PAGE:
Your skin has its own microbiome, and just like your gut, it can become too permeable. Leaky skin creates an opportunity for foreign items (food particles, bacteria, yeast, viruses, etc.) to enter your body and trigger your immune system, resulting in an increased susceptibility to skin infections, irritability, water loss, and altered sweat delivery to the skin’s surface. Your skin surface is designed to protect you, but when it’s compromised, it can’t perform effectively.

Potential root causes?

Urticaria/ Hives

What is it?

Urticaria, or chronic hives, are flesh colored welts that are the result of an inflammatory immune response. In this response, chemicals called histamines are released underneath the lining of the skin, which irritate nerve endings, causing swelling and itching. There are actually several classifications of hives, but in order to properly treat them, you need to know 𝘄𝗵𝘆 they’re occurring in the first place.

Potential root causes?


What is it?

Acne vulgaris is a common skin condition that occurs as the result of inflamed or infected sebaceous glands in the skin; and is generally characterized by red pimples on the face. Acne vulgaris tends to appear around the T zone, whereas acne conglobata seems to appear along the lower half of the face, jawline, chest, neck, back, and shoulders.

Acne conglobata is the clinical term for cystic acne, and is characterized by large, hard raised bumps under the skin that may never form into a pimple. This form penetrates deeper into the skin layers, often painful to the touch, and lasts for weeks to months.

Potential root causes?

Gut health- Disruptions to your gut integrity (SIBO, dysbiosis, IBS, etc.) can impact the health of your skin. Your gut is responsible for nutrient absorption & an inability to properly digest food means you can’t absorb the nutrients needed for skin health (like vitamins A,D,E & K; protein; and fatty acids). It can increase inflammation, insulin resistance, and stress which all directly impact your skin as well.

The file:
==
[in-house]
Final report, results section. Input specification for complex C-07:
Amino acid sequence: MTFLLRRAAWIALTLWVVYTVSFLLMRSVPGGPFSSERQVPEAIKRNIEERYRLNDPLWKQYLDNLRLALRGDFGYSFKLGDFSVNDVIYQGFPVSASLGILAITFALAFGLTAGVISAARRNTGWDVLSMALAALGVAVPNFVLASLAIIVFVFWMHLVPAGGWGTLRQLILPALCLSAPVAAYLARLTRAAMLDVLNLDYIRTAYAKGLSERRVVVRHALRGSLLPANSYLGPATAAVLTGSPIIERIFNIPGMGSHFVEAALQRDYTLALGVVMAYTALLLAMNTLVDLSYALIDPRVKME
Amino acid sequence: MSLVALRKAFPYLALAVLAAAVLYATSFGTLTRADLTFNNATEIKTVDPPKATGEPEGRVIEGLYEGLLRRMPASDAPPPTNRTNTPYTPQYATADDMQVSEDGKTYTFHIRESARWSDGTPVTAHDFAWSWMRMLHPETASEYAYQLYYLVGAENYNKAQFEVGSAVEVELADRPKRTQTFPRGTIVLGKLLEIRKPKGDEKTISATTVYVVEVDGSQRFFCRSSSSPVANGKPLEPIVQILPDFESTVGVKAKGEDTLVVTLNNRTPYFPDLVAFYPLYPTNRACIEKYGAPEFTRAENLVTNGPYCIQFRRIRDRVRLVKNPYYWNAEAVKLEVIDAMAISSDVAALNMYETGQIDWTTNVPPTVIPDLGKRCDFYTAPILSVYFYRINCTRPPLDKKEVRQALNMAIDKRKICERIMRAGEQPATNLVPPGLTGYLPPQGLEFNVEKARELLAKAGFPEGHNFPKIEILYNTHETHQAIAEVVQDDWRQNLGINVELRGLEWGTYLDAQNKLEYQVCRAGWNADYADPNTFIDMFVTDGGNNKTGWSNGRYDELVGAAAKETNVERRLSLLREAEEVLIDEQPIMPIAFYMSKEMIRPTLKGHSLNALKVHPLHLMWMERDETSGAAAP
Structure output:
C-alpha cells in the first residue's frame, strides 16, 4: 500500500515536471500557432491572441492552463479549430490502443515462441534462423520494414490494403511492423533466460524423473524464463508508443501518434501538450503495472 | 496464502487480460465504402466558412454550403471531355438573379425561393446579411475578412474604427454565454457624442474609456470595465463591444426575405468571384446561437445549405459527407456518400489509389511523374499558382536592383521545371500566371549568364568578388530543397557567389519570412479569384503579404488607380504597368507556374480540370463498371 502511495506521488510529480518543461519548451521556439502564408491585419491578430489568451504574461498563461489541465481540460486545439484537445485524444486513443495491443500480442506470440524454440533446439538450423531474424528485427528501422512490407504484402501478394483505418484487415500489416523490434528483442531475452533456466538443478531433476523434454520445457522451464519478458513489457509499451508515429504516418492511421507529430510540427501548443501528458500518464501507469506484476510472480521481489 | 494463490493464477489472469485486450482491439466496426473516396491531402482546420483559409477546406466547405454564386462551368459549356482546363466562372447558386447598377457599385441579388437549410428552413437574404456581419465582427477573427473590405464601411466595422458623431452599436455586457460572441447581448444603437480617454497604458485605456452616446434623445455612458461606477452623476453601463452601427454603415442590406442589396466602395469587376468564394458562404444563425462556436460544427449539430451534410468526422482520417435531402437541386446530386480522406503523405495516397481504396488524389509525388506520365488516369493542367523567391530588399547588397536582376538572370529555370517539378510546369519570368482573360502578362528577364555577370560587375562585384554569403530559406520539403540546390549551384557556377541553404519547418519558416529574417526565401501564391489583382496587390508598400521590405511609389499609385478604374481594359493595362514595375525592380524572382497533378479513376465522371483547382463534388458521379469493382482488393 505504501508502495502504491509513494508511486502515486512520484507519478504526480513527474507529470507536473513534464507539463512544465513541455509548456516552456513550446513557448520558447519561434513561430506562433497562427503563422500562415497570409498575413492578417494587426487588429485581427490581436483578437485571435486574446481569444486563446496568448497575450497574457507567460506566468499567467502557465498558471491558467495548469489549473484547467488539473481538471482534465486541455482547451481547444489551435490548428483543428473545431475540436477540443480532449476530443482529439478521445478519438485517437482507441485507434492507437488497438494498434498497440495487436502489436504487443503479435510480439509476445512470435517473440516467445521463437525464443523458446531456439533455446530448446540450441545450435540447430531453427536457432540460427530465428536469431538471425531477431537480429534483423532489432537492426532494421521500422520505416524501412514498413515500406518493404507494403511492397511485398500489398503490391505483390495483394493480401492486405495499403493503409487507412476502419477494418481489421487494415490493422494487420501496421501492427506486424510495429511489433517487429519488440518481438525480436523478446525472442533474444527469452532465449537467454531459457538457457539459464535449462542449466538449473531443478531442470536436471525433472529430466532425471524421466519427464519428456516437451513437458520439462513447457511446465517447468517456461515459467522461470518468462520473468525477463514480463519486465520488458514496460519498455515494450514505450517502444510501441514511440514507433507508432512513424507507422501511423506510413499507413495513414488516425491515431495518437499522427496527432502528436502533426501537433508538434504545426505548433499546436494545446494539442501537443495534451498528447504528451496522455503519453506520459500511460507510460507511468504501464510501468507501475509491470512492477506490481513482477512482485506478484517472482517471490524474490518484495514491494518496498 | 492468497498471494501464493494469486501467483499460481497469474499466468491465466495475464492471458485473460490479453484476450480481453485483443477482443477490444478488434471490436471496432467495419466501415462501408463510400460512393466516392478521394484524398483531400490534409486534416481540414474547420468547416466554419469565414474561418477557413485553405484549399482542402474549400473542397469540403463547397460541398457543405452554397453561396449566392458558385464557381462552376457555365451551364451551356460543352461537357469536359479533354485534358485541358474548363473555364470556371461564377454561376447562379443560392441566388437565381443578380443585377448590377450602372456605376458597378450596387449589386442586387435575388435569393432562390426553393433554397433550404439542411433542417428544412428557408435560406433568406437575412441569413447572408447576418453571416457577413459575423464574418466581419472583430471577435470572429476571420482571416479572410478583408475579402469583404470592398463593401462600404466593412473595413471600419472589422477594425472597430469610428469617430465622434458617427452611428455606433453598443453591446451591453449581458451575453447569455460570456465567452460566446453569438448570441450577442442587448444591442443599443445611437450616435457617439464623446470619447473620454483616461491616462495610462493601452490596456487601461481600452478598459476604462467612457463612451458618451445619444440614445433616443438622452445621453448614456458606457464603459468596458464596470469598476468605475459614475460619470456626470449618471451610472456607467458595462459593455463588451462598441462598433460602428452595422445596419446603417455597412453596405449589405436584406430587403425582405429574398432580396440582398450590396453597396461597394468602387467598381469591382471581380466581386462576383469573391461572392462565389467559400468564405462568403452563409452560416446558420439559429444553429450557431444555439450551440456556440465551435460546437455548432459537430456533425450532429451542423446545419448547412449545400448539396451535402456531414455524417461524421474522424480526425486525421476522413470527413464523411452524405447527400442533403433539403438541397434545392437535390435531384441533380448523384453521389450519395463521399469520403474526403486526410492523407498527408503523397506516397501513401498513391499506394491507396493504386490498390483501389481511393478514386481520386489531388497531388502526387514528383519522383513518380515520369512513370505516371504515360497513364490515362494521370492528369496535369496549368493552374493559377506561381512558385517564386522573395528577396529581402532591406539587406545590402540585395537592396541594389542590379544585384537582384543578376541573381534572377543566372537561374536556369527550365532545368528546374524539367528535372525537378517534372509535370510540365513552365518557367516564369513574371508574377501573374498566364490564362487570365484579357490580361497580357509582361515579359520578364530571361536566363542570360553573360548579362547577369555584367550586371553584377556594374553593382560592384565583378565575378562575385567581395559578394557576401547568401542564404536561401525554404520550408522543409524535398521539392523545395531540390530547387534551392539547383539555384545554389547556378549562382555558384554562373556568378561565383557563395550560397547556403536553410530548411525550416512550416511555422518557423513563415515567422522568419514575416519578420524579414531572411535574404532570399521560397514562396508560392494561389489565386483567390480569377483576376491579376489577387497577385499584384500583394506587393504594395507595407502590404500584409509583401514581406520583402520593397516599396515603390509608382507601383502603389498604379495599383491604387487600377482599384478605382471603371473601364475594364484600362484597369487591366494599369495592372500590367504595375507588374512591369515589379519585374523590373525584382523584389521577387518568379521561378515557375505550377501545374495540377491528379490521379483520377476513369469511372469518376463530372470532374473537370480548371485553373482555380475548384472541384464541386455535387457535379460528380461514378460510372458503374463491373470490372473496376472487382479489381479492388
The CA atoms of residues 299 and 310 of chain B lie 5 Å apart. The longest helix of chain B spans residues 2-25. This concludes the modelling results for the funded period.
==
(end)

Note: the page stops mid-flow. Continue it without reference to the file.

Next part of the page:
Food sensitivities- How your body identifies and reacts to foods can be a direct implication on your skin. If your body recognizes a food as inflammatory, it will respond with a cascade of hormones and cytokines to try to mitigate the problem. This often leads to a reaction on your skin somewhere.

Stress- Chronic stress can increase levels of stress-related hormones (like cortisol) and send sebaceous (oil) glands into overdrive. This allows dead skin cells to pile up, creating an environment for a break out. When the skin is stressed, it loses its ability to protect itself because its barrier is compromised. Cortisol also lowers natural production of collagen, hyaluronic acid, and healthy lipids like ceramide.

Hormonal Changes- Elevated testosterone, estrogen, and androgens tend to be the culprits for “hormonal acne” and can be managed well with proper support for your individual needs.

Skin care- If you haven’t heard of it already, check EWG’s website to cross-check the quality of the things you’re putting on your skin. Remember, what we put ON our skin holds the same weight as what we put IN our bodies… It’s still getting absorbed and processed through similar pathways.

Other things to consider?

Cheeks- Hormones, food triggers, detergent. How often do you clean your bedding and with what products?

Hairline- What hair care products am I using? A lot of products on the market aren’t the best quality and may be contributing to clogged pores, causing irritation.

Jawline- Excess androgens, gut health, menstrual cycle, fatigue, and stress.

  • Comprehensive stool testing

  • SIBO breath testing

  • Histamine levels

  • Food sensitivity testing

  • Total Toxic Burden testing

  • DUTCH hormone testing

  • Advanced Micronutrient testing

As you can see, skin health is a bit complicated but you deserve a thoughtful investigation and strategic treatment approach. If you’re looking for an even deeper dive regarding your skin health, I have a podcast episode where I get into some of the fine details.

If you’re tired of listening and just want to do something to get to the root of it all, find a time that works best for you in the “work with us” tab on our website and let’s get to healing!